Lillian Hughes

2023-2024 Live Deliberately Essay Contest

Lillian Hughes, 17

Winner, Age Group 17-18

Charleston, South Carolina

Nature has engineered the eye of a raptor to be one of the most complex and powerful tools the bird possesses. As is nature’s way, this process was deliberate; a series of adaptations culminating in an organic machine so adept at its function that we could never imagine its perceptions. Humans have around six million cone cells, an inconceivable number (a number which, should any of us receive it in cash, I don’t imagine we’d complain). Yet the eyes of a hawk turn our lottery sum to pocket change, with cones numbering up to twelve times that in diurnal species. We could admire this feature and more, the malar stripe and supraorbital ridge, for months, years, without even considering the entire rest of the bird.

My parents took me camping when I was seven, during which I (with my lame human eyes) strove to take in every detail of South Carolina’s Table Rock Mountain. We were only there for the weekend, but from the moment I hopped out of the car I was enthralled, struggling to comprehend the unending swath of green, so different from anything I was used to. I felt an outsider, a hesitant pioneer in the way I perched on a moldering log, blue-jean knees caked with chlorophyll and wood rot. When the birds started appearing, I did not know their names, traded cardinal for a crimson flash and sparrow for a quiet trill.

And then the weekend was over. The mountain’s enchantment faded when I returned home, shadowed in the glow of a screen or lost in the hum of the microwave. Nature became a rare interruption in an otherwise developed life, and I was separated once again.

The fascination with birds, however, never left me. Thus when I turned fifteen, volunteering at South Carolina’s Center for Birds of Prey seemed as natural as searching for glimpses of feathers outside my window.

The birds I care for are filled with life, a presence that feels bigger than it should considering most barely weigh a pound. The Ural owl greets me in a raspy inquiry as I toss her a mouse; the crested caracara watches curiously as I change his bath; the peregrine falcon, gentle in his old age, lets me shift his talons so I can untangle his jesses. I feel the hardened leather on my fingers and remember its touch from the week before, the month before that.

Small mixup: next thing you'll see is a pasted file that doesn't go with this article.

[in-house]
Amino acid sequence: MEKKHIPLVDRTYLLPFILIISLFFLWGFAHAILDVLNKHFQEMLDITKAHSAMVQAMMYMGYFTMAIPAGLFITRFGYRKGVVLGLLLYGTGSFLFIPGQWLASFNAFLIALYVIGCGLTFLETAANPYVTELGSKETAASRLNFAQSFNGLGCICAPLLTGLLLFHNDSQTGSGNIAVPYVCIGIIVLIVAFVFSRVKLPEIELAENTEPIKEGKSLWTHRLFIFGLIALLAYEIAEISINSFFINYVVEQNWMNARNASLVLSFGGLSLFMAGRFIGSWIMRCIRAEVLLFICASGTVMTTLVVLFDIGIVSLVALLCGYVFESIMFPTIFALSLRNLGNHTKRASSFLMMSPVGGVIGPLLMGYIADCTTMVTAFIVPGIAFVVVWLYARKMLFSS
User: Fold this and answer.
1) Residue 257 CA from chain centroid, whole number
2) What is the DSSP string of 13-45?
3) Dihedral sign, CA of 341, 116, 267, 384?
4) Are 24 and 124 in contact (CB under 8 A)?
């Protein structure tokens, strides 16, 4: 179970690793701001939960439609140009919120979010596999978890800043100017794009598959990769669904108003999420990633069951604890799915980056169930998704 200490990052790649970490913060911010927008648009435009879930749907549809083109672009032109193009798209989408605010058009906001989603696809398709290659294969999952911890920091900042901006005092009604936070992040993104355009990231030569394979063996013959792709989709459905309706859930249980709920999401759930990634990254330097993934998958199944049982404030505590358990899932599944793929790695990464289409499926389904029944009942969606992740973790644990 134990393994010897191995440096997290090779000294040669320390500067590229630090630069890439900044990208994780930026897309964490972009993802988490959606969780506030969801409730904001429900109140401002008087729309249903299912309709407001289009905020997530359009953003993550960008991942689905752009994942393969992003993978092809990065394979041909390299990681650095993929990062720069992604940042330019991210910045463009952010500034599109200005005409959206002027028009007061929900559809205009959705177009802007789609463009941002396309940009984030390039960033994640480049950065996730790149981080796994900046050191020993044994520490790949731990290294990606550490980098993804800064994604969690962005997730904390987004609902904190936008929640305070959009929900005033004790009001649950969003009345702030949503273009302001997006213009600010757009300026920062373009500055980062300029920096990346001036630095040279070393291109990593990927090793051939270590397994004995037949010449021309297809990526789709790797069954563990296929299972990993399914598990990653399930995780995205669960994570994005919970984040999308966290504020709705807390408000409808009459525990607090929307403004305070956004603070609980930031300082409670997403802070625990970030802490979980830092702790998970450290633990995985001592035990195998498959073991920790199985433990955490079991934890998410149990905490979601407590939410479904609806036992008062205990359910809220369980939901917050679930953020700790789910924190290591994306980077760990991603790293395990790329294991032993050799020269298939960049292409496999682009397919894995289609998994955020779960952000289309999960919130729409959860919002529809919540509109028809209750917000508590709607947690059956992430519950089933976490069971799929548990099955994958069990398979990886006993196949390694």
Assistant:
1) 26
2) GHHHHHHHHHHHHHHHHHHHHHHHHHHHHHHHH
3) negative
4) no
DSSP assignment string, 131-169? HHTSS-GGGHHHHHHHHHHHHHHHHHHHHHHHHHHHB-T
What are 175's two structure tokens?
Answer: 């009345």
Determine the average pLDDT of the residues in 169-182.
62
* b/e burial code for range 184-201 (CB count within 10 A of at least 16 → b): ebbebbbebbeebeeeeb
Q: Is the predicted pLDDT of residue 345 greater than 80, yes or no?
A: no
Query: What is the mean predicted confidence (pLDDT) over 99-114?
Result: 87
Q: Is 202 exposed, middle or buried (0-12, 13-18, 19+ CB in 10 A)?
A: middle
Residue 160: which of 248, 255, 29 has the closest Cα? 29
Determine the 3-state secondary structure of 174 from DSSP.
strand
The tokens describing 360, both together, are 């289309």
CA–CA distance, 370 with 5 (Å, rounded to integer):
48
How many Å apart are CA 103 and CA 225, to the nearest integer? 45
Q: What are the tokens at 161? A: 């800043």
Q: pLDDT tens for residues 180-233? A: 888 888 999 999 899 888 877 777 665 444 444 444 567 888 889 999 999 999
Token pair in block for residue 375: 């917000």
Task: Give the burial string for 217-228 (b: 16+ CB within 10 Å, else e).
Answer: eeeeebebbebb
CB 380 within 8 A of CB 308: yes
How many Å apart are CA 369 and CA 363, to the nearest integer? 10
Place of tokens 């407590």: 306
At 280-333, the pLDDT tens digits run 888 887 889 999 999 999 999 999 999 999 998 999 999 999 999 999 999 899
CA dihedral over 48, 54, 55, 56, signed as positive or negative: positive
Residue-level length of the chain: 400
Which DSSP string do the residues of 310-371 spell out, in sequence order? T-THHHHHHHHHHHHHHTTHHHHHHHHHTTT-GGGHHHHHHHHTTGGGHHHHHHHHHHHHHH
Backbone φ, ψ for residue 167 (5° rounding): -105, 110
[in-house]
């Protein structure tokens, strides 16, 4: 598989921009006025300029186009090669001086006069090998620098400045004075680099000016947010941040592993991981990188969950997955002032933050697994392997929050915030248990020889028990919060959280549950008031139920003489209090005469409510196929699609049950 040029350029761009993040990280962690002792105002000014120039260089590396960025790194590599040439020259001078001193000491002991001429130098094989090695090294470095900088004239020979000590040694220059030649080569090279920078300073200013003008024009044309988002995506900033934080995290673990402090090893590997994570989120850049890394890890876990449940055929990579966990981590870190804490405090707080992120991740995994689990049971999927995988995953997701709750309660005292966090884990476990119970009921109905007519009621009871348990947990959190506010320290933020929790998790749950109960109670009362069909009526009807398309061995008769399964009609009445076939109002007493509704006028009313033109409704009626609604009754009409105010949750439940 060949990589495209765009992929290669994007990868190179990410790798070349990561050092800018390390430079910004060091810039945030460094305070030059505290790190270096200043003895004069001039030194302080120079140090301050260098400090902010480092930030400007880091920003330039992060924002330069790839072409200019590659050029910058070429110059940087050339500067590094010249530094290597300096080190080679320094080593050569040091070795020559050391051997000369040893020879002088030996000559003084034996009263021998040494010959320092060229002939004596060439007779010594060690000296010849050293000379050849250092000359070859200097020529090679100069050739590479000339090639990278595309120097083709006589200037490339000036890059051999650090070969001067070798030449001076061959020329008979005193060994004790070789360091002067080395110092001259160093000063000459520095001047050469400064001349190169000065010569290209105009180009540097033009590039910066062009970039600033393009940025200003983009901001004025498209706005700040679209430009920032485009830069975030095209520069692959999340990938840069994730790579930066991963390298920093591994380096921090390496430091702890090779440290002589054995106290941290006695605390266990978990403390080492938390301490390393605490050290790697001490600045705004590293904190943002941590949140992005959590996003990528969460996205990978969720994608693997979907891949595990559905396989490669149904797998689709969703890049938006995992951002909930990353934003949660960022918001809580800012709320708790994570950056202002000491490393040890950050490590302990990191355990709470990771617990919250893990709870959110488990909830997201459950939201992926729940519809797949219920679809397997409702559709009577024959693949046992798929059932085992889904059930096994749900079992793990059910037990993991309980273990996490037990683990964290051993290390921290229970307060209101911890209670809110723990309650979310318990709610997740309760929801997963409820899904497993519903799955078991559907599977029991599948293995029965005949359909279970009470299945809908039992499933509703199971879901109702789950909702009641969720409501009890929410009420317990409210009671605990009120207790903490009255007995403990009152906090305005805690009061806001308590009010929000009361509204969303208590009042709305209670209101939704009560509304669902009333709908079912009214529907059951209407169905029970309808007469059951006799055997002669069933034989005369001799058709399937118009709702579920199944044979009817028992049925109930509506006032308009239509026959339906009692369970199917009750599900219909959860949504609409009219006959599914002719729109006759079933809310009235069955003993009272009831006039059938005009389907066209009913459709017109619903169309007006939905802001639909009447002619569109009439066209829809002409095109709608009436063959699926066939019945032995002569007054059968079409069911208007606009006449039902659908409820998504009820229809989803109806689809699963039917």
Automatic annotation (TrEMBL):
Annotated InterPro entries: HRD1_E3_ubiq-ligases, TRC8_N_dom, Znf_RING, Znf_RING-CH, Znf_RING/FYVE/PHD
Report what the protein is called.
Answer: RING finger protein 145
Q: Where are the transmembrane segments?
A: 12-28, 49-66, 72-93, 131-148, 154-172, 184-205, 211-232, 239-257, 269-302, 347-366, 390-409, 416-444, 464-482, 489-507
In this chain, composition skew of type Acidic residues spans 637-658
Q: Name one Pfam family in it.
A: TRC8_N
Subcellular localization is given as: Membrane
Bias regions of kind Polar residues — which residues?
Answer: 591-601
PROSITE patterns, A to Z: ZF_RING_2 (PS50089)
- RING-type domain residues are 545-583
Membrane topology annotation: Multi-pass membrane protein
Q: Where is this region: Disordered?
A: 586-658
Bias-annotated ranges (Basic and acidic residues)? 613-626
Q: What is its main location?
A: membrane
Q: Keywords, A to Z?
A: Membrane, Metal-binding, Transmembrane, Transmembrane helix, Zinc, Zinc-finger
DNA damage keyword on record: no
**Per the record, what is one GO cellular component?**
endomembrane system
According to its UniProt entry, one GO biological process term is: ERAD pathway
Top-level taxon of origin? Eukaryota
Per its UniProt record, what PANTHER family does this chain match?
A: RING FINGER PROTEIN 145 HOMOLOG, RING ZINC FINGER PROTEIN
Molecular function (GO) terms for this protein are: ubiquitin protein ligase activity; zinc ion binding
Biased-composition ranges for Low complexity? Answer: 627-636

My care is not always reciprocated. The Abdim’s stork pecks hard at my ankles as I enter his enclosure to retrieve a half-eaten fish; the great horned owl swoops at me as I try to refill his water dish. One morning I am caring for the young American kestrel, the first bird I ever held. He grabs me as I tie his leash into a falconer’s knot, tiny talons raking across my thumb. He’s too tiny to do any real damage, and I set him down in the weathering area without further incident. Back inside, I write down his weight as the blood blooms from my hand, trickles down to mix with dish soap and Expo ink.

Nevertheless, I am there, the next week and the next. The Center mends the rift that yawned open during the campsite car ride home, where I, to paraphrase naturalist Henry David Thoreau, am reminded of the birds’ equal importance to myself, their observer. They become real, not just a window sighting but creatures that breathe with the rise and fall of their downy chests, call with bits of chick feathers poking out from their razor beaks, wrap their talons around my gloved hand in a motion that makes me feel unfathomably lucky, no matter how many times it happens.

It is easy to separate ourselves from nature. Surely we are so removed from the trees that vanish in our peripheries, so further advanced than the chickadee that chitters in the cold while we watch from a heated home. The phrase “climate change” has been repeated into oblivion, and it is dwarfed against our sprawling cities, our shining cars, our six million cones.

It is more difficult to remember how the eye of a raptor takes up so much room in its skull that it is left with no space for optic muscles. The result is a bird who must turn its entire head to view anything at all with its superior eyesight, a species that must remember its advancement is only meaningful when working in tandem with what surrounds it.